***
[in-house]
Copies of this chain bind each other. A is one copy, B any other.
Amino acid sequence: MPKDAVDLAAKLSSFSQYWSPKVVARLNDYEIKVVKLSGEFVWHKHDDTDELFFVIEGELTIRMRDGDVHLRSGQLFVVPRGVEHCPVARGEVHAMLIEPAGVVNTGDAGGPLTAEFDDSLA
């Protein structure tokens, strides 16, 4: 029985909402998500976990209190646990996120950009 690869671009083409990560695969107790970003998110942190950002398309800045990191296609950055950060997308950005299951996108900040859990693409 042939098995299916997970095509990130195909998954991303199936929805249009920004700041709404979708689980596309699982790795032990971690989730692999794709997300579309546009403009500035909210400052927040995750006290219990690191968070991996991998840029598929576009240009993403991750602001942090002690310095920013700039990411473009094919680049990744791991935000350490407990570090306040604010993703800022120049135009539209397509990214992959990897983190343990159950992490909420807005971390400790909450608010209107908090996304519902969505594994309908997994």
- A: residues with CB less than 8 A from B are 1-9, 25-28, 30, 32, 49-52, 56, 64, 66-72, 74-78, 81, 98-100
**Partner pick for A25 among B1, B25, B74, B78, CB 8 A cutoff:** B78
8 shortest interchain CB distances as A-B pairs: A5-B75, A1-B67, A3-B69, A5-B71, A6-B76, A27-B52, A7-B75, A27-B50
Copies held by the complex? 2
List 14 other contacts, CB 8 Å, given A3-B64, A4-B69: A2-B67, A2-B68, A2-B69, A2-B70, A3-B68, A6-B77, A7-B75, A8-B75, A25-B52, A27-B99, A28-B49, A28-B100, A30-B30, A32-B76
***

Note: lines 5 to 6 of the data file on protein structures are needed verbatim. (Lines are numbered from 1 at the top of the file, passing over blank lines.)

- A: residues with CB less than 8 A from B are 1-9, 25-28, 30, 32, 49-52, 56, 64, 66-72, 74-78, 81, 98-100
**Partner pick for A25 among B1, B25, B74, B78, CB 8 A cutoff:** B78